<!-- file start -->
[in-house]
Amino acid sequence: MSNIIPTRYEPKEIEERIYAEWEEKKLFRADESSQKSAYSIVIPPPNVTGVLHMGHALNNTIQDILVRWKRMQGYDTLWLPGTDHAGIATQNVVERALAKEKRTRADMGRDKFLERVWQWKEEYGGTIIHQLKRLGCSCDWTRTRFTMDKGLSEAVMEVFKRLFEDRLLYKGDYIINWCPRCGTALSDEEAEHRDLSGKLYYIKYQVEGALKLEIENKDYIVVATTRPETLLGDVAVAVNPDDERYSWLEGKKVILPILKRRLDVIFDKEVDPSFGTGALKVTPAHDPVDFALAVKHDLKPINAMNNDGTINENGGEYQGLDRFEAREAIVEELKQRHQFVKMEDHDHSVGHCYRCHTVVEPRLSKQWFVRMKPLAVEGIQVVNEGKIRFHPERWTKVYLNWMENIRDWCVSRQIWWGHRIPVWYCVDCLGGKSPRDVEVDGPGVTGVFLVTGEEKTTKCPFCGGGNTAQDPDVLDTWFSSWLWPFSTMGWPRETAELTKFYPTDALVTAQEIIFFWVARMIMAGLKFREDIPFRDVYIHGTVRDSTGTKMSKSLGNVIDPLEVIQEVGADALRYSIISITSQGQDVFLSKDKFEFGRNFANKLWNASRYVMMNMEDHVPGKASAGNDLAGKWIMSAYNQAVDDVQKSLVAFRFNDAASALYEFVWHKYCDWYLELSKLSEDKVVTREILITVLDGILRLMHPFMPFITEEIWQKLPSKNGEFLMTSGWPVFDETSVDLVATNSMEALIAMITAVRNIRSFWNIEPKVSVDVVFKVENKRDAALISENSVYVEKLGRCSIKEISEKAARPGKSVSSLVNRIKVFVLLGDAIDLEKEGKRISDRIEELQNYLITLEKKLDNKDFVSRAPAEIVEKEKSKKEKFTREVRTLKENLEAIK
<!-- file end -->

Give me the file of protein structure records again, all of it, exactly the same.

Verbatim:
[in-house]
Amino acid sequence: MSNIIPTRYEPKEIEERIYAEWEEKKLFRADESSQKSAYSIVIPPPNVTGVLHMGHALNNTIQDILVRWKRMQGYDTLWLPGTDHAGIATQNVVERALAKEKRTRADMGRDKFLERVWQWKEEYGGTIIHQLKRLGCSCDWTRTRFTMDKGLSEAVMEVFKRLFEDRLLYKGDYIINWCPRCGTALSDEEAEHRDLSGKLYYIKYQVEGALKLEIENKDYIVVATTRPETLLGDVAVAVNPDDERYSWLEGKKVILPILKRRLDVIFDKEVDPSFGTGALKVTPAHDPVDFALAVKHDLKPINAMNNDGTINENGGEYQGLDRFEAREAIVEELKQRHQFVKMEDHDHSVGHCYRCHTVVEPRLSKQWFVRMKPLAVEGIQVVNEGKIRFHPERWTKVYLNWMENIRDWCVSRQIWWGHRIPVWYCVDCLGGKSPRDVEVDGPGVTGVFLVTGEEKTTKCPFCGGGNTAQDPDVLDTWFSSWLWPFSTMGWPRETAELTKFYPTDALVTAQEIIFFWVARMIMAGLKFREDIPFRDVYIHGTVRDSTGTKMSKSLGNVIDPLEVIQEVGADALRYSIISITSQGQDVFLSKDKFEFGRNFANKLWNASRYVMMNMEDHVPGKASAGNDLAGKWIMSAYNQAVDDVQKSLVAFRFNDAASALYEFVWHKYCDWYLELSKLSEDKVVTREILITVLDGILRLMHPFMPFITEEIWQKLPSKNGEFLMTSGWPVFDETSVDLVATNSMEALIAMITAVRNIRSFWNIEPKVSVDVVFKVENKRDAALISENSVYVEKLGRCSIKEISEKAARPGKSVSSLVNRIKVFVLLGDAIDLEKEGKRISDRIEELQNYLITLEKKLDNKDFVSRAPAEIVEKEKSKKEKFTREVRTLKENLEAIK